I’ve been thinking about what developments we can expect in the business intelligence (BI) community in 2011. I’ve compiled a list of trends, pay no attention to order, that I believe we’ll see gain traction next year.
IT gets on board. IT departments have considered business intelligence a red-headed step child for far too long. IT managers, with a need to just get things done, will change their opinion about BI this coming year. The technology often considered weird and nonconforming will now seem necessary and cutting-edge. Gartner Research and AMR have reported that it’s no longer about cost savings and efficiency for IT departments. IT departments are going to have to embrace BI as a way of directly contributing to their business. IT managers will have to seriously consider what business problems their organization is trying to solve and help create a prioritized roadmap for the enterprise, one that is aligned with strategic business goals to deliver measurable results.
Predictive modeling pays dividends. As business intelligence evolves, models that drive BI solutions are becoming better understood. A better understanding of business modeling in combination with newer financial analysis techniques will result in enhanced models that identify business pains by line of business and what can be done to solve them, as well as how much of a BI strategy exists for an organization. Businesses no longer want to feel their way to a good decision. They want tools that will provide a forward-looking view. Also, it’s not going to be the big ERP vendors providing the best practices solutions here. Their solutions’ business modeling capabilities are functionally light. Companies should look to niche vendors providing integrated solutions with predictive modeling and analysis capabilities.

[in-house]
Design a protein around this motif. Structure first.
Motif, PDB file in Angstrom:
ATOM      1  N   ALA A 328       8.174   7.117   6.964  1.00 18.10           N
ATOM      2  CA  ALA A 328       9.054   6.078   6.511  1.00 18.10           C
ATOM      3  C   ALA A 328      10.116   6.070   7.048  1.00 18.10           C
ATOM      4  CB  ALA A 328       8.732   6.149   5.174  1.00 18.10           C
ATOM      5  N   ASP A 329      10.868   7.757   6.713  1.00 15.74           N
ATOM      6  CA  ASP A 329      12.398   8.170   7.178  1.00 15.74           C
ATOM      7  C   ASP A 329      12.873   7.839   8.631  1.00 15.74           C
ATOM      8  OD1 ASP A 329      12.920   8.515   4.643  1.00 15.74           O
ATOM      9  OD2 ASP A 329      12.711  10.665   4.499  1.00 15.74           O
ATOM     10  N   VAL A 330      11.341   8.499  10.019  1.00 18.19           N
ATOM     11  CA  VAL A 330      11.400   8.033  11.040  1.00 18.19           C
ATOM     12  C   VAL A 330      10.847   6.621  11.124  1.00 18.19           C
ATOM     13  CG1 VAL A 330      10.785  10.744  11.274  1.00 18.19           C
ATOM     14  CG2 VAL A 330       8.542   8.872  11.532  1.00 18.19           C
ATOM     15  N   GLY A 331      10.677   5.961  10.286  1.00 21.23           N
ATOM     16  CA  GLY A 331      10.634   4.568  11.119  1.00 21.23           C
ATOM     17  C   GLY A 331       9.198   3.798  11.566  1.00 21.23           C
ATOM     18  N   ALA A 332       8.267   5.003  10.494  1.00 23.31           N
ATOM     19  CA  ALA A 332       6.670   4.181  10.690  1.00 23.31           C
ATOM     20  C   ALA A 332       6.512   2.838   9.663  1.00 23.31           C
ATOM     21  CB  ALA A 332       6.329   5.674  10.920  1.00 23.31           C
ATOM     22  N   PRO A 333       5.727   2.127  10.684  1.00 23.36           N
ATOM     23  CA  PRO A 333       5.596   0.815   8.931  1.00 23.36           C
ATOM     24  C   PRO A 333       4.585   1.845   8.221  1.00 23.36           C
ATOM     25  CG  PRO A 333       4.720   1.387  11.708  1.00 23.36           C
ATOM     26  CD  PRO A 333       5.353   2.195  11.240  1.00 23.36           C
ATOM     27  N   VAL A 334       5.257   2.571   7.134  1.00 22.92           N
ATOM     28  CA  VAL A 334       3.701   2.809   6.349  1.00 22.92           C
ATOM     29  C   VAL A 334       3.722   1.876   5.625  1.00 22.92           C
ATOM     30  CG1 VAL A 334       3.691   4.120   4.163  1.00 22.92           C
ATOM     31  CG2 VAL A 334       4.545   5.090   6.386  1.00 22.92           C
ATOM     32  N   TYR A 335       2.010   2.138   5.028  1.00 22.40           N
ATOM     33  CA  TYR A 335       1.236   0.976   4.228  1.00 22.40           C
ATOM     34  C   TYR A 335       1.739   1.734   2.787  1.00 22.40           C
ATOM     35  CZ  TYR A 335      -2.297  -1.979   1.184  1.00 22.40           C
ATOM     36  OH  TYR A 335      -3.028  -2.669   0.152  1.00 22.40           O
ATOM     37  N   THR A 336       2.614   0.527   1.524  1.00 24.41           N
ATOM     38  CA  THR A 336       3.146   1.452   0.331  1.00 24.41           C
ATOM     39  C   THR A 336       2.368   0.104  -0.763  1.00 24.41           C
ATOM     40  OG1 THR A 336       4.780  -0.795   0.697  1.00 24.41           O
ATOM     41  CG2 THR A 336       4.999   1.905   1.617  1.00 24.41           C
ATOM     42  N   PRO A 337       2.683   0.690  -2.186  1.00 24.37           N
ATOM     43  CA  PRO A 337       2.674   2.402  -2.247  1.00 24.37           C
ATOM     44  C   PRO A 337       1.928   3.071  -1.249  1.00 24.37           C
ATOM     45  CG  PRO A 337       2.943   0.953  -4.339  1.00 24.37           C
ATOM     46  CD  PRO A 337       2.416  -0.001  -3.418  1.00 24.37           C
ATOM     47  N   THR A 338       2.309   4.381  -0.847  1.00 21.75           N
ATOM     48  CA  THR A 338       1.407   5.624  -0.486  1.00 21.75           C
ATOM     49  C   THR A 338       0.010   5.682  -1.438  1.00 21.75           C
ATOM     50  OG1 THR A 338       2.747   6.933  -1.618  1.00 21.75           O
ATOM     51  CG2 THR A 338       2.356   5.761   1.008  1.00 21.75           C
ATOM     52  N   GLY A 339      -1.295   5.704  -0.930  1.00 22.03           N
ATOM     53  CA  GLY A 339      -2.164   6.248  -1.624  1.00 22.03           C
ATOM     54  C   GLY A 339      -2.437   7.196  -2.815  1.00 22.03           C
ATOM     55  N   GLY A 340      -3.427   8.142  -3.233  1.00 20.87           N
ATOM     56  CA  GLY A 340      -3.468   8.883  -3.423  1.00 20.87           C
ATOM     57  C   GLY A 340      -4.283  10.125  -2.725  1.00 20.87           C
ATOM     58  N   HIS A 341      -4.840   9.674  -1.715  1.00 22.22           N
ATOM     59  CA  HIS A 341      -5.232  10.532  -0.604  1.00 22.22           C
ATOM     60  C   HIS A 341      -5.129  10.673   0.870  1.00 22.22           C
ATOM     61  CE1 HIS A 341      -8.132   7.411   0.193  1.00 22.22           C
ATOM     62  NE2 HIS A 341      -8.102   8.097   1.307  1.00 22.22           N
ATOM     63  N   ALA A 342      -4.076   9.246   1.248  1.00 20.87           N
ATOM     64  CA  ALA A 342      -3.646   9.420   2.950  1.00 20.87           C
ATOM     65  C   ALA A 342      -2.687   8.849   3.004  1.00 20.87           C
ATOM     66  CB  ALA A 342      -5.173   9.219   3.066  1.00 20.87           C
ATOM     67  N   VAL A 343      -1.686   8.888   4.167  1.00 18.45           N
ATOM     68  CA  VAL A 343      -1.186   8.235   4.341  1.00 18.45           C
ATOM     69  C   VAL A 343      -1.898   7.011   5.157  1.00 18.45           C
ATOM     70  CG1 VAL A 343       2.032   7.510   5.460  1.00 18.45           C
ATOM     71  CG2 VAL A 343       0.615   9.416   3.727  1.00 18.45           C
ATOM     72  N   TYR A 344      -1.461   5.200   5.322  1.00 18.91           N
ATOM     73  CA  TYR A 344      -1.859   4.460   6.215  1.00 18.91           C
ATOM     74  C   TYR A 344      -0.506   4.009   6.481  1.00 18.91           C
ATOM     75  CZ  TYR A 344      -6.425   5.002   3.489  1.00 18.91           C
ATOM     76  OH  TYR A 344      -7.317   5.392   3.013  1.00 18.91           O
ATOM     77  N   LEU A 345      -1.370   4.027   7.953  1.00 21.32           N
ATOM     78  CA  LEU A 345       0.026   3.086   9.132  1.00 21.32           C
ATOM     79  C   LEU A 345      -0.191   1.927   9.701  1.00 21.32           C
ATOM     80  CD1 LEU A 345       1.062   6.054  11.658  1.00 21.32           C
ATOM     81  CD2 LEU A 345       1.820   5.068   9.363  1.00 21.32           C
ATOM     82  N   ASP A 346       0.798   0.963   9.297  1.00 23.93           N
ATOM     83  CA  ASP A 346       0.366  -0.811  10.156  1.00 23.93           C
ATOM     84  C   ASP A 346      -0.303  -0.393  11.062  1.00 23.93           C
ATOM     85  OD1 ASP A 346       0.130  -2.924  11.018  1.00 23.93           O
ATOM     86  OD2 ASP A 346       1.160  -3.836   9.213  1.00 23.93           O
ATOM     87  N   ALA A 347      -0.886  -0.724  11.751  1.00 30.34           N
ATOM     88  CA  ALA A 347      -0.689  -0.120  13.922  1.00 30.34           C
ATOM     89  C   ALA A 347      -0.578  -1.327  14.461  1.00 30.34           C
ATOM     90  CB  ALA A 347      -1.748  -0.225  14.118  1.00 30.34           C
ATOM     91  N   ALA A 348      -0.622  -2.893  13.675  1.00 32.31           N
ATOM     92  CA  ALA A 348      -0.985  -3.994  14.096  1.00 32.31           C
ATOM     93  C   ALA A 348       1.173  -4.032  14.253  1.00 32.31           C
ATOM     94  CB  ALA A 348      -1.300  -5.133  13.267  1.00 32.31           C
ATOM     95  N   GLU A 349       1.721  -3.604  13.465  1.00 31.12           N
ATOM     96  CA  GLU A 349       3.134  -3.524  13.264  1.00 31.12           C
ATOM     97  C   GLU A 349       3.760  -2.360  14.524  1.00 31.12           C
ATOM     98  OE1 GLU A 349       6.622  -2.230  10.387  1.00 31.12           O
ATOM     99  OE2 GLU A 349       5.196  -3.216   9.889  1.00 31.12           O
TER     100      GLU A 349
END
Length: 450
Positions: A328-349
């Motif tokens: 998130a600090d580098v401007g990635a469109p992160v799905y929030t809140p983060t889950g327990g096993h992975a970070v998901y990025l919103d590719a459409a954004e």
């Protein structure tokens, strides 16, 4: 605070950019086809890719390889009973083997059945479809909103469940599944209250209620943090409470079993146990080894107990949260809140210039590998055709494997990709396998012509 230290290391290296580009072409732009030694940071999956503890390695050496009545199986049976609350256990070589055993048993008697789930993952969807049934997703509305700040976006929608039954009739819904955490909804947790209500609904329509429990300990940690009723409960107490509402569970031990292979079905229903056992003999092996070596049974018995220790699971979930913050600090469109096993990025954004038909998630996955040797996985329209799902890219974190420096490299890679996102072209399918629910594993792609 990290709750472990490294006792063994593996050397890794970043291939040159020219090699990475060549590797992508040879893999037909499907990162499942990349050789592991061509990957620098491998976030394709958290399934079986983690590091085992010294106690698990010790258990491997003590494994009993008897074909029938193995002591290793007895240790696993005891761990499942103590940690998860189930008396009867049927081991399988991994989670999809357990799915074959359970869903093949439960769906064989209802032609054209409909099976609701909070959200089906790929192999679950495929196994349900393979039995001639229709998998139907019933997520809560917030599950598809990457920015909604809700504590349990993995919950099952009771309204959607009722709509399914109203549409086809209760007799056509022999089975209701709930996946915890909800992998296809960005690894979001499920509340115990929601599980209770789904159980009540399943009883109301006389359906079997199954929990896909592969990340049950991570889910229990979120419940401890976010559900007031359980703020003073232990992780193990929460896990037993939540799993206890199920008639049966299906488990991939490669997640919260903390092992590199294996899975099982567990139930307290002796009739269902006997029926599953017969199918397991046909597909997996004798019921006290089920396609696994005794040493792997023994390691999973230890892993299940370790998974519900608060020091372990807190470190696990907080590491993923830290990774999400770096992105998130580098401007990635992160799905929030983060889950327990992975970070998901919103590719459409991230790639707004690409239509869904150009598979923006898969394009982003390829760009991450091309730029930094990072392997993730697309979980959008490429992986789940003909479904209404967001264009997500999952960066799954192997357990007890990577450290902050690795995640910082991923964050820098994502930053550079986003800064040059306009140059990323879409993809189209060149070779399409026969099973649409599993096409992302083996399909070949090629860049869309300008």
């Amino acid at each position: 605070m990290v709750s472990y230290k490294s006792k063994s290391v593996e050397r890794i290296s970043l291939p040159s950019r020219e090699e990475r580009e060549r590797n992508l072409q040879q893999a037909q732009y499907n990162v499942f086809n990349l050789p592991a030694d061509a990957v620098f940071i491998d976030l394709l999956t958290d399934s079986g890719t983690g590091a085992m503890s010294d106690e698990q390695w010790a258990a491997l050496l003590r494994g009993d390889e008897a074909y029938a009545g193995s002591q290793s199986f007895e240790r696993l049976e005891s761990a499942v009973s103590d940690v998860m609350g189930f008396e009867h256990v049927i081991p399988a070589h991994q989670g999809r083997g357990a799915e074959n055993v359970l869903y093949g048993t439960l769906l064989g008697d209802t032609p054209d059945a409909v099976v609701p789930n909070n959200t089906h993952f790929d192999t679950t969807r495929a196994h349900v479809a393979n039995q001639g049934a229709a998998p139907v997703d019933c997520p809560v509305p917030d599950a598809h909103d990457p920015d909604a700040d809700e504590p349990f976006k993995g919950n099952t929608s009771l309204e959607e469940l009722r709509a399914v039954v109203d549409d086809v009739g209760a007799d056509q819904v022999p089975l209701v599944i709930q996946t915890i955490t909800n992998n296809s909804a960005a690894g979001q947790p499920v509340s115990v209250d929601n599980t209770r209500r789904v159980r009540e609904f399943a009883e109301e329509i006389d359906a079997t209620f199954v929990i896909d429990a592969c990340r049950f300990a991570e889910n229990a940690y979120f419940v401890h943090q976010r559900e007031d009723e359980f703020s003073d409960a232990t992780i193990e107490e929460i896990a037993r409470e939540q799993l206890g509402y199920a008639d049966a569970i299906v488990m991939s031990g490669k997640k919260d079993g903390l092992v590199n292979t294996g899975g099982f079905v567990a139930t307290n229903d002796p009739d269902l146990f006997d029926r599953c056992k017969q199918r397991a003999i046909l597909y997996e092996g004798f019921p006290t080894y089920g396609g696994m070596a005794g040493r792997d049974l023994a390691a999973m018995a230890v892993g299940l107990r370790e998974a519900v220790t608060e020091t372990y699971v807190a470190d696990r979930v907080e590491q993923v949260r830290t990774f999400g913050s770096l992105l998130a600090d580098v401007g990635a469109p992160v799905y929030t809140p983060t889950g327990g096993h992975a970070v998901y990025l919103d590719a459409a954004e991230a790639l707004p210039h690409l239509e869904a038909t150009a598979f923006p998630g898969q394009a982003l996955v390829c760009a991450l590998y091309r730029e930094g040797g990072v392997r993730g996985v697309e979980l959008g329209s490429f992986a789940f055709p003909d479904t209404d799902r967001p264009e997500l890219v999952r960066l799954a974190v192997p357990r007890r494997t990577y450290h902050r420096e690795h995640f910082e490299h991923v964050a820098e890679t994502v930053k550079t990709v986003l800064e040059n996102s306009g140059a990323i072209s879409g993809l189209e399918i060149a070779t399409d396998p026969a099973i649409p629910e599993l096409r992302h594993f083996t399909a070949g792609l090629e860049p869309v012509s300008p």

BI technology yields enterprise solutions. To enhance business performance in 2011, businesses should get serious about replacing error-prone spreadsheets and adding value to existing enterprise business intelligence software through integrated business modeling and analytics. Integrated modeling and analytics capabilities will make it possible to predict future scenarios, allowing managers to organize plans and deploy resources to seize opportunities, neutralize threats, and mitigate risks. Companies can get more ROI out of their BI systems through emerging technologies that are information-centric and collaborative, and IT cost centers can become a new source of revenue.
The Cloud finds its place in BI. Business Intelligence involves lots of highly sensitive data mixed in with knowledge and context. Streaming services into an enterprise as part of a solution will be become more widespread in 2011. This will most likely take shape in the form of hybrid solutions that have proprietary components served internally and with less sensitive data and knowledge coming in as a service. Think of lift calculation data being brought into an Integrated Business Planning solution from an outside provider. In 2011, the cloud finds its place in the BI space.
New vendors appear in the BI space. Business Intelligence is an interesting blend of IT and process and knowledge consulting. BI will continue to be a growth frontier and you will see activity by known megavendors and by some new vendors. IDC reported early in 2010 that BI tools were finally entering the mainstream market, now that market will just continue to grow. There will be new technologies which will make BI more automated, pervasive, and unified.
About the Author
F. Shan McAdoo, Vice President of Technical Development Mr. McAdoo has extensive experience in technology project management and coordinates all technology development projects for River Logic. Prior to joining River Logic, Mr. McAdoo held several senior level positions at leading software companies, including Oracle Corporation. Mr. McAdoo earned his Masters of Regional Planning at the University of Massachusetts in 1991.